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Frequently Asked Questions for Maryland Candidates - 2017 Version of the Uniform CPA Examination - CPA Examination - Public Accountancy

When will the next version of the CPA Examination launch?
The next version of the Uniform CPA Examination will launch on April 1, 2017 (the second administration window of 2017).

How many sections will the next version of the CPA exam include?
The next version of the CPA examination will have the same four sections as it does now:

  • Auditing and Attestation (AUD)
  • Business Environment and Concepts (BEC)
  • Financial Accounting and Reporting (FAR)
  • Regulation (REG)

What’s new about the new CPA exam?

Exam Methodology
The CPA examination will put more emphasis on the assessment of candidates’ higher-order cognitive skills. There will be more task-based simulations (TBSs). The TBSs will require candidates to solve practical simulations by analyzing and evaluating situations, applying accounting principles,and creating and implementing processes and procedures. To understand this method of testing, see Bloom’s Taxonomy of Learning Domains.

Testing Duration
To accommodate the TBSs, the duration of the Business Environment and Concepts (BEC) and Regulation (REG) sections of the CPA Examination will be increased from 3.0 hours to 4.0 hours. Each of the CPA examination section will be 4.0 hours long.

Rest Breaks
When the new version of the CPA examination is launched on April 1, 2017, candidates will be entitled to a 15-minute break at about halfway through each section. This 15-minute break will not count against the four-hour time allocated to complete the section. A candidate can accept or decline to take the break at the midway point. Candidates will not be able to defer the “free” midway break until later in the testing period. Candidates may take additional breaks that will count against the testing time at any time.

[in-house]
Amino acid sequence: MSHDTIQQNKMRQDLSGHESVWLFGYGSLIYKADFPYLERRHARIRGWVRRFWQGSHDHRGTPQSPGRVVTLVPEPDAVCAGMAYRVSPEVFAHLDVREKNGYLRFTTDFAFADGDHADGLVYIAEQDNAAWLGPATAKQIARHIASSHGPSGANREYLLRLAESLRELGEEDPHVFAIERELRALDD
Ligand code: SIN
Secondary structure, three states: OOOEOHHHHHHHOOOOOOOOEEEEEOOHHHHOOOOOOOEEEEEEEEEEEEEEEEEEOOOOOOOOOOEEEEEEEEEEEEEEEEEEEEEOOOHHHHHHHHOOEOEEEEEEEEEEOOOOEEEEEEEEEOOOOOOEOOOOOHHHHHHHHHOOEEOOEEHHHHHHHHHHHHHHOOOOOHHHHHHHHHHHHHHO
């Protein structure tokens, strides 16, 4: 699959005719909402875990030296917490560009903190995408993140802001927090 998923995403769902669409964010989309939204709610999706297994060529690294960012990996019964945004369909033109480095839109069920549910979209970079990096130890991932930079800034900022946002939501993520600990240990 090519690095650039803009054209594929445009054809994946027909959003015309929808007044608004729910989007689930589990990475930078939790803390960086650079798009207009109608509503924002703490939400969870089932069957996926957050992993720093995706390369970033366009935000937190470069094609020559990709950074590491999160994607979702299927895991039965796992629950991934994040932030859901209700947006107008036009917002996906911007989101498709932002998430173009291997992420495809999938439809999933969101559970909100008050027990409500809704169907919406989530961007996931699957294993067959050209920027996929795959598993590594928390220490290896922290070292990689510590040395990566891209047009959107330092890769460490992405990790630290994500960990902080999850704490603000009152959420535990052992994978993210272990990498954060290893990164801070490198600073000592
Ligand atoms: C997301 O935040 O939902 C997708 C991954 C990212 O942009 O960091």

More Days of Testing
Ten additional days of testing have been made available for candidates to schedule an examination section. Candidates are able to schedule exams during the first ten days of June, September, December and March. Forty additional test days will be available each year, with the exception of June 2017, the first administration window after the launch of the new version of the examination.

Tell me more about testing higher level thinking skills!
The AICPA has developed examination blueprints that discuss the content, skills and typical tasks that are contained in each section of the CPA examination. The blueprints provide greater clarity in the presentation of content, skills and related representative tasks that may be tested. The blueprints contain approximately 600 representative tasks across all four sections, which are aligned with content and related skills required by newly licensed CPAs. View the Exam Blueprint.

What types of items will appear on the next exam?
Candidates will be assessed on a variety of content using multiple-choice questions (MCQs), task-based simulations (TBSs) in all four sections (including Document Review Simulations (DRS) discussed below). The BEC section will also include three written responses.